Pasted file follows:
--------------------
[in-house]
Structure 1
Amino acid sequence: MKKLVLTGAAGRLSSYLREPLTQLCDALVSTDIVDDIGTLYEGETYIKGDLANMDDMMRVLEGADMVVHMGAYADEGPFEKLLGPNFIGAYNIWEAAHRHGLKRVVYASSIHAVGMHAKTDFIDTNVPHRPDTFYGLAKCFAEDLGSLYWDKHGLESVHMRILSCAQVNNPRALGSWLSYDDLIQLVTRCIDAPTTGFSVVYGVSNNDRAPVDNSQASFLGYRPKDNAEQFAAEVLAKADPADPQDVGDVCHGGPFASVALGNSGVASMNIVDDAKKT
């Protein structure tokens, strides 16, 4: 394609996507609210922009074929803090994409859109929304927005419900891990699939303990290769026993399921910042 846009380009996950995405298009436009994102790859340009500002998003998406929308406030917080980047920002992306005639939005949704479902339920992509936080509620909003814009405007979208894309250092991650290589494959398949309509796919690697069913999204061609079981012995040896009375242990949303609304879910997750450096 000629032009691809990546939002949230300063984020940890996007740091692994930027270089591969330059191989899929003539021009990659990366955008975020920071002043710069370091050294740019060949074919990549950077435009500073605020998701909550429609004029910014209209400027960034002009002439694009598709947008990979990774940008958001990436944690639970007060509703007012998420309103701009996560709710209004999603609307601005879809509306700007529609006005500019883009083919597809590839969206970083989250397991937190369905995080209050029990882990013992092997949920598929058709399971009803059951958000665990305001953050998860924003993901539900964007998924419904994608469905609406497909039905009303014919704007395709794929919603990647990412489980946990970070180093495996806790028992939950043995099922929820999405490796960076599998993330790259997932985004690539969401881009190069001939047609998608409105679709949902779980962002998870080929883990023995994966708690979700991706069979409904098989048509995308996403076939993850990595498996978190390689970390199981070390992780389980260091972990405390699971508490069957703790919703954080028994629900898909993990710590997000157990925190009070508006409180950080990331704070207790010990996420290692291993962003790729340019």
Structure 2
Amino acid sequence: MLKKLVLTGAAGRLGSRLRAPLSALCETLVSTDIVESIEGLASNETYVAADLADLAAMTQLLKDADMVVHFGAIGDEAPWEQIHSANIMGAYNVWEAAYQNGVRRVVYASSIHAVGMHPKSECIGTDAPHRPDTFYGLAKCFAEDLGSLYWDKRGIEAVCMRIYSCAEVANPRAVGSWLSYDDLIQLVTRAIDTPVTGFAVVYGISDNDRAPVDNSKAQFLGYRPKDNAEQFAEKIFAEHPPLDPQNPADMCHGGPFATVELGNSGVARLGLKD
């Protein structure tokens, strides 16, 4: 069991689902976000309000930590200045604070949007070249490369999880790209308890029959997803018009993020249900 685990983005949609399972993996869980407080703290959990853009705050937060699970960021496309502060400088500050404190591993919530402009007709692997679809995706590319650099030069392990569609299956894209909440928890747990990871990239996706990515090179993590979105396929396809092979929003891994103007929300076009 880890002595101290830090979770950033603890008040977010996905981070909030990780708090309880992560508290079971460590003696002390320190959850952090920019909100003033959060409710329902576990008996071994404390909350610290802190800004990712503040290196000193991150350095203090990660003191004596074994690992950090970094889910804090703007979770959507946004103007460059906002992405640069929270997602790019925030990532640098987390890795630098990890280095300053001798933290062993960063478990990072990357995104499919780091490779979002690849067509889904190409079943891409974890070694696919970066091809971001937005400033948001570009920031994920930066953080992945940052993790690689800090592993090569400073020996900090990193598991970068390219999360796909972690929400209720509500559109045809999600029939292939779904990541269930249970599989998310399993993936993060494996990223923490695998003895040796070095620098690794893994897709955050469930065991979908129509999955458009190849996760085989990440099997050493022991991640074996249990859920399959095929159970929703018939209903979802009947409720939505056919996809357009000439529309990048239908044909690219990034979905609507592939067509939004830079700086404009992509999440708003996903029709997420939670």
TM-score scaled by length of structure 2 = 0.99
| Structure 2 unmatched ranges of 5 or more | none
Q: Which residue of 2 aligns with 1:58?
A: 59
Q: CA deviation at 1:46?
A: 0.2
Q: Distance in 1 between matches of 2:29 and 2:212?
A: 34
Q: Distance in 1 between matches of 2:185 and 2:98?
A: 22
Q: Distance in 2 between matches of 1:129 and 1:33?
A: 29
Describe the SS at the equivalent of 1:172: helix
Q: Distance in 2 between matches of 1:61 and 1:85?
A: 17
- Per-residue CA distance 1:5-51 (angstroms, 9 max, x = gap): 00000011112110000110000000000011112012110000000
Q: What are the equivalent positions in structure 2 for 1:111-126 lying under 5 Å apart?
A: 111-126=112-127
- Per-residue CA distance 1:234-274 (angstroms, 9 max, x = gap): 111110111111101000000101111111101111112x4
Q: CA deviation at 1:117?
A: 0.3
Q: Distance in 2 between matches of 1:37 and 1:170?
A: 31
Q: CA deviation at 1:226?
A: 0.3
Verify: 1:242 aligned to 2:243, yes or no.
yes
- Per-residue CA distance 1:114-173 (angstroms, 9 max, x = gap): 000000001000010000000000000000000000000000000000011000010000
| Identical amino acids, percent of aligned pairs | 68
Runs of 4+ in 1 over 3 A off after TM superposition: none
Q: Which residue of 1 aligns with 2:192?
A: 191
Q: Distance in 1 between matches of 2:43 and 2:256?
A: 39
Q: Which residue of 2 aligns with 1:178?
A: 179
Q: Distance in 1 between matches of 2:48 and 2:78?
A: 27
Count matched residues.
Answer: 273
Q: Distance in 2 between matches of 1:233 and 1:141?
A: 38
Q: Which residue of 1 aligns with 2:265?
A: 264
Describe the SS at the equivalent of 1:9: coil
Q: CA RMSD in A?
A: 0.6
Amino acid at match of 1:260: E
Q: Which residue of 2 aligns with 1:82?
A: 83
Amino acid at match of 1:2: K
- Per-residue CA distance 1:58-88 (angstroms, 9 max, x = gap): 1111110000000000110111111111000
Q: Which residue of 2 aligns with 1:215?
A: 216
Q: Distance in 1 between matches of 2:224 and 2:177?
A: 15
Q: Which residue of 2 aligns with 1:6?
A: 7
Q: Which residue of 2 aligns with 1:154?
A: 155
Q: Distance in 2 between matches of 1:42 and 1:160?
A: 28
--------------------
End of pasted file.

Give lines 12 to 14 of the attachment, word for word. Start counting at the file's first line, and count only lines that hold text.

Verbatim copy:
Q: CA deviation at 1:46?
A: 0.2
Q: Distance in 1 between matches of 2:29 and 2:212?